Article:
The bottoms of the V’s hide behind and between the bottoms of each stitch. They all link together in a row. If you’re looking at them from the back side, they look like little smiles.

Those little smiles on the back side are actually called running stitches. They’re the horizontal lines that link together all the stitches in one row. When a pattern calls for a M1 increase, that means you’ll lift up the running stitch and knit into the back of it. These running stitches between the columns are also the bits you work with when you’re sewing up using Mattress Stitch or when you’re picking up and knitting a button band.

When the knit stitches are in the completed fabric, they look like neat little V’s, all laying flat together in a grid. But when the stitches are still on the needle, they’re not flat, are they? One side of the V is in front of the needle, and one side is in back. The top of the stitch, of course, goes over the top of the needle.

Take a look at that stitch on your needle. Which side of the V is in front? The right one? Excellent. All is right with the world.

If the left side is in front, the stitch is mounted twisted. In some stitch patterns, that’s a good thing. For regular old knitting, it needs to be reoriented so the right leg is in front. (Yes, I tend to call them legs. I think I got that from a class with Lucy Neatby. Wherever it came from, it has stuck.)

Knowing about stitch mount helps in a couple ways:

~ When you’re picking up stitches, place them on the needles with right legs in front. (Or, if they’re dropped, just rescue them any which way, then switch them around before you knit them.)

~ If the stitch is mounted twisted, with the left leg in front, you now know what to do with it to untwist it: Either reorient it or knit into the back loop. Both methods will untwist the stitch.

~ If you want to twist your stitch on purpose, you have two choices: reorient the stitch before knitting it (the long option) or knit into the back of the stitch (the short option).

~ To make your stitches twist in different directions, like for M1R or M1L increases, knowing how your stitches twist can eventually make those maneuvers second nature. This also works for twisted-stitch patterns.

To twist a stitch to the left, whether it’s with an actual stitch or a running stitch: With the stitch mounted normally (right leg in front), reach behind the stitch from right to left and knit into the back (left leg) of the stitch from right to left.

To twist a stitch to the right, whether it’s a normal stitch or a running stitch: Mount the stitch backwards (left leg in front) and knit into the front (left leg) of it from left to right.

I like to tell my students that if it feels slightly awkward and tight, it’s twisting. ūüôā If it’s too easy, it’s probably a normal stitch. This is especially true when picking up the running stitch to make an increase.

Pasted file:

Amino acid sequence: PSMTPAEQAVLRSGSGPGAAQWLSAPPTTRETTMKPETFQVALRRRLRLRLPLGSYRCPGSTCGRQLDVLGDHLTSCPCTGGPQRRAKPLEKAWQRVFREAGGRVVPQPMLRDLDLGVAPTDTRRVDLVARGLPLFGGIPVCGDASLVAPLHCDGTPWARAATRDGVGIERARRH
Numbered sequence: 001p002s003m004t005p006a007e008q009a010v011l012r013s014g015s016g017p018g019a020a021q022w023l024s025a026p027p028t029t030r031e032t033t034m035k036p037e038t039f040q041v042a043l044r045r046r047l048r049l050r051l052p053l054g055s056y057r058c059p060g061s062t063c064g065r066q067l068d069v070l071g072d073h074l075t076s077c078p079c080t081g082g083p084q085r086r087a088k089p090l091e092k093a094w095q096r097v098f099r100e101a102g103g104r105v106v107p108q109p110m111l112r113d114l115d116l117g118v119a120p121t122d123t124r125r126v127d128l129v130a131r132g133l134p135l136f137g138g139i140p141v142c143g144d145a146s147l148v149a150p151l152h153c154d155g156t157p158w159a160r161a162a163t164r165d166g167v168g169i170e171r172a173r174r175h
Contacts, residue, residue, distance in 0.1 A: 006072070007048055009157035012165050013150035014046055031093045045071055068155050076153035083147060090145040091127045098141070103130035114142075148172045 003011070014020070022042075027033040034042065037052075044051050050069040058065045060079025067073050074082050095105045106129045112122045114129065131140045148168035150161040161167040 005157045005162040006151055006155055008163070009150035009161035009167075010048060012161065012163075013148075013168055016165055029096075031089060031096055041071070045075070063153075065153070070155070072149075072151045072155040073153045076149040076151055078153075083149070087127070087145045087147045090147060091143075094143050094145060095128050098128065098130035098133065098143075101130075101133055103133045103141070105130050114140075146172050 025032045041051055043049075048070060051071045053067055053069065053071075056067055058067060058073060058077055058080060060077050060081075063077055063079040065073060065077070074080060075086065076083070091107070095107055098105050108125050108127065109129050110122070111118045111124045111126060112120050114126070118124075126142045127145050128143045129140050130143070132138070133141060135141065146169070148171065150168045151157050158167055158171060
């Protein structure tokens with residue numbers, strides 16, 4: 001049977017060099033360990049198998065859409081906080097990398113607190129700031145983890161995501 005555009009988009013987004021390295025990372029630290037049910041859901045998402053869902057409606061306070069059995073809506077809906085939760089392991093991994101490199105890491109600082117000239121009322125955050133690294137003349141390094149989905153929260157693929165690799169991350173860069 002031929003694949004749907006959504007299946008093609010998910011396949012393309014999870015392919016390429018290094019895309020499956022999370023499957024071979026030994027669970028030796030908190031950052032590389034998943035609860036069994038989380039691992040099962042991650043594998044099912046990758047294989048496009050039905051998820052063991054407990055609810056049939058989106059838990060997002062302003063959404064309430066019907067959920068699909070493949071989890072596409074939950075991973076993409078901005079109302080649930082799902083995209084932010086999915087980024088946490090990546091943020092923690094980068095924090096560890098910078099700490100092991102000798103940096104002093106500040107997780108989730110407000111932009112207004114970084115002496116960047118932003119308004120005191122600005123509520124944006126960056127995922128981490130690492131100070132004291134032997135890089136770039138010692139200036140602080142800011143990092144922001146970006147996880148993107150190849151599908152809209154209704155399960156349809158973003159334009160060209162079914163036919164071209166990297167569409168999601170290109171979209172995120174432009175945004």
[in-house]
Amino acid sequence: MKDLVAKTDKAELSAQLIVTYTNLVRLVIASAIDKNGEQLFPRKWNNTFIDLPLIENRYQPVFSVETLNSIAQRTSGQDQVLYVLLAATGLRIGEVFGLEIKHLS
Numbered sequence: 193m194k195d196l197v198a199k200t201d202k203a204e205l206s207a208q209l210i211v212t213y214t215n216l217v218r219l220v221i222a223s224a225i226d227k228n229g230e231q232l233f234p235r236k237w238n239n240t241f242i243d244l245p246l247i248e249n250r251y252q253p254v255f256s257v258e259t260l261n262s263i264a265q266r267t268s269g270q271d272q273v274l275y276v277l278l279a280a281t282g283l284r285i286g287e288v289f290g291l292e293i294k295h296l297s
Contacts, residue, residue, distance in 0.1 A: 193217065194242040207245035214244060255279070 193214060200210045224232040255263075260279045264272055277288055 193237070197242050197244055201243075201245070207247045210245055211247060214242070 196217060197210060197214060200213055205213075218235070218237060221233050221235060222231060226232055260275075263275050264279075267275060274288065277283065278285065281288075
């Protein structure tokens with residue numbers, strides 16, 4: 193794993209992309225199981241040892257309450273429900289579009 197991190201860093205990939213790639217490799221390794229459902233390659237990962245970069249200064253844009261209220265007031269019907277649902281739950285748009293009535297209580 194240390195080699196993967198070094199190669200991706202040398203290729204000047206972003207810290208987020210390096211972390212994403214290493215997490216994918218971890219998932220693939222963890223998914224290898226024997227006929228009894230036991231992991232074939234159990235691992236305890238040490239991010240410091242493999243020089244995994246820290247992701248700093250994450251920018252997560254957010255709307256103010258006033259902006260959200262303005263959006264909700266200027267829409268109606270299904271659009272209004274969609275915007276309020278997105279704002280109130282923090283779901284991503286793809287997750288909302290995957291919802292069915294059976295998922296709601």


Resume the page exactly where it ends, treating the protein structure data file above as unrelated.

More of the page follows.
So, how do you remember which leg belongs in front? Here’s a handy little mnemonic trick:

  • When it’s mounted RIGHT, the RIGHT leg is in front.
  • Leave the LEFT leg behind: LEFT BEHIND. “Oh no! I’ve been left behind! Oh wait, that’s a good thing.”

Silly, I know. But hey, silly tends to stick in our brains. ūüėČ

Tomorrow, more on mirroring increases¬†and what to do when the pattern doesn’t specify which type of increase to use.

31 Days to Your Nicest Knitting series. www.aknitica.com #write31days #knittingtipsThis post is part of my 31 Days to Your Nicest Knitting series. Every day, I’ll post a new tip or trick to make your knitting nicer. You can follow along easily by subscribing. If you have any knitting problems you’d like me to fix, let me know and I’ll try to answer your question as part of the series. You can find all the posts in the series here.

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Perfect Bind Off in the Round: My Favourite Trick

I love this little trick for joining my cast-off edge in the round. It finished it up so nicely. Use it for the cast-off around cuffs, sock tops, headbands, or any other circular project that you’re binding off.

Cast off normally. (I assume you’re knitting 2, then passing the first stitch over, etc, until the end. But this also works with Jeny’s Surprisingly Stretchy Bind Off and other cast off methods that look like a chain of V’s along the cast-off edge.)

When the last stitch has been cast off, cut the yarn, leaving a 6″ tail, but don’t thread the tail through the stitch.

Binding Off trick. www.aknitica.com #knittingtips #write31days

Instead, pull the last loop until it gets bigger and bigger and then gigantic and then — gasp! — it grows so big that it pops out entirely. You’ll now have a straight, non-loopy tail that comes out of the previous cast-off stitch. Nothing will unravel; it can’t. That tail is still holding things in place.

2014-10-08 22.04.52

Using a darning needle, sew the tail underneath the first stitch of the round. Go under both sides of the stitch:

Binding off in the round trick. www.aknitica.com #knittingtips #write31days

Now, poke the needle back through the last stitch of the round, where the tail originated.

Binding off in the round trick. www.aknitica.com #knittingtips #write31days

You’ve just created a fake “stitch” in the chain of cast-off stitches. Sew in your end as normal. (I prefer to use duplicate stitch to sew in my ends.)

Perfect cast-off edge join for circular knitting. www.aknitica.com #knittingtips #write31days